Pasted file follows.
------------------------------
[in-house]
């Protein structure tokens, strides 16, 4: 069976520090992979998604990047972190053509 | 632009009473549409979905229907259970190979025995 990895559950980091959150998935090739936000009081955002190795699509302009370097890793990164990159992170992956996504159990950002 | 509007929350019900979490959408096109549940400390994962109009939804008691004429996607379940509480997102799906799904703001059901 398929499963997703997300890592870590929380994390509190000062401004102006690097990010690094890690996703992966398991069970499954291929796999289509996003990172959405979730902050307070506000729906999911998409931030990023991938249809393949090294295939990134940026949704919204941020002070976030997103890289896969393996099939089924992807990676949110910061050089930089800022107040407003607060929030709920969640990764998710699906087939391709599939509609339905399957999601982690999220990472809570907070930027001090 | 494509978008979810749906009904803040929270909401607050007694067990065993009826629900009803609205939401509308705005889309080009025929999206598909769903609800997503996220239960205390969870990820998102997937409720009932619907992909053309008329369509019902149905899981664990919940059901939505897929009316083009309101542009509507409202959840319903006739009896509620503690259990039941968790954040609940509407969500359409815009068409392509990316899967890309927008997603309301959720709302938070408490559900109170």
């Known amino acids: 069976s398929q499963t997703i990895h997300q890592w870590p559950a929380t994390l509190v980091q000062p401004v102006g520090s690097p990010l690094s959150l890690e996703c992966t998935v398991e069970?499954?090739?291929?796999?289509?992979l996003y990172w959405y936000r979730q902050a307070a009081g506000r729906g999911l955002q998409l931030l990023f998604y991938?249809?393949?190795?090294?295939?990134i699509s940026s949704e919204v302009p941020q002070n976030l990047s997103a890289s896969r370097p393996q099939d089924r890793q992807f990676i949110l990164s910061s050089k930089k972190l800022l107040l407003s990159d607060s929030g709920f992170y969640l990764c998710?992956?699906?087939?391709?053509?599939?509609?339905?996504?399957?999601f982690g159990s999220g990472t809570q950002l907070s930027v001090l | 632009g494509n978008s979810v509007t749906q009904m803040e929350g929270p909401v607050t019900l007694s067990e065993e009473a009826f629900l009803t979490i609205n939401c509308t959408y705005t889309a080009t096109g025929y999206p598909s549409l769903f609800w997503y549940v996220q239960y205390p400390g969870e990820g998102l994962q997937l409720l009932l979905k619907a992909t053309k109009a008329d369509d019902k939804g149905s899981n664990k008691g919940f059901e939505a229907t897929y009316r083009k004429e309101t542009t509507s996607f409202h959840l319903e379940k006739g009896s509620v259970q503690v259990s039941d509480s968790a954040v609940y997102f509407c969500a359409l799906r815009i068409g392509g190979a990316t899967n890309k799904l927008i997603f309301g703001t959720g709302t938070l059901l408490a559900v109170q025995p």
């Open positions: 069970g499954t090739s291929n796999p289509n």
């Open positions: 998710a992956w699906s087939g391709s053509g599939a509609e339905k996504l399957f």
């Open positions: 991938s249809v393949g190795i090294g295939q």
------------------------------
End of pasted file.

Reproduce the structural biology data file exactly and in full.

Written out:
[in-house]
């Protein structure tokens, strides 16, 4: 069976520090992979998604990047972190053509 | 632009009473549409979905229907259970190979025995 990895559950980091959150998935090739936000009081955002190795699509302009370097890793990164990159992170992956996504159990950002 | 509007929350019900979490959408096109549940400390994962109009939804008691004429996607379940509480997102799906799904703001059901 398929499963997703997300890592870590929380994390509190000062401004102006690097990010690094890690996703992966398991069970499954291929796999289509996003990172959405979730902050307070506000729906999911998409931030990023991938249809393949090294295939990134940026949704919204941020002070976030997103890289896969393996099939089924992807990676949110910061050089930089800022107040407003607060929030709920969640990764998710699906087939391709599939509609339905399957999601982690999220990472809570907070930027001090 | 494509978008979810749906009904803040929270909401607050007694067990065993009826629900009803609205939401509308705005889309080009025929999206598909769903609800997503996220239960205390969870990820998102997937409720009932619907992909053309008329369509019902149905899981664990919940059901939505897929009316083009309101542009509507409202959840319903006739009896509620503690259990039941968790954040609940509407969500359409815009068409392509990316899967890309927008997603309301959720709302938070408490559900109170």
């Known amino acids: 069976s398929q499963t997703i990895h997300q890592w870590p559950a929380t994390l509190v980091q000062p401004v102006g520090s690097p990010l690094s959150l890690e996703c992966t998935v398991e069970?499954?090739?291929?796999?289509?992979l996003y990172w959405y936000r979730q902050a307070a009081g506000r729906g999911l955002q998409l931030l990023f998604y991938?249809?393949?190795?090294?295939?990134i699509s940026s949704e919204v302009p941020q002070n976030l990047s997103a890289s896969r370097p393996q099939d089924r890793q992807f990676i949110l990164s910061s050089k930089k972190l800022l107040l407003s990159d607060s929030g709920f992170y969640l990764c998710?992956?699906?087939?391709?053509?599939?509609?339905?996504?399957?999601f982690g159990s999220g990472t809570q950002l907070s930027v001090l | 632009g494509n978008s979810v509007t749906q009904m803040e929350g929270p909401v607050t019900l007694s067990e065993e009473a009826f629900l009803t979490i609205n939401c509308t959408y705005t889309a080009t096109g025929y999206p598909s549409l769903f609800w997503y549940v996220q239960y205390p400390g969870e990820g998102l994962q997937l409720l009932l979905k619907a992909t053309k109009a008329d369509d019902k939804g149905s899981n664990k008691g919940f059901e939505a229907t897929y009316r083009k004429e309101t542009t509507s996607f409202h959840l319903e379940k006739g009896s509620v259970q503690v259990s039941d509480s968790a954040v609940y997102f509407c969500a359409l799906r815009i068409g392509g190979a990316t899967n890309k799904l927008i997603f309301g703001t959720g709302t938070l059901l408490a559900v109170q025995p």
């Open positions: 069970g499954t090739s291929n796999p289509n």
């Open positions: 998710a992956w699906s087939g391709s053509g599939a509609e339905k996504l399957f």
């Open positions: 991938s249809v393949g190795i090294g295939q």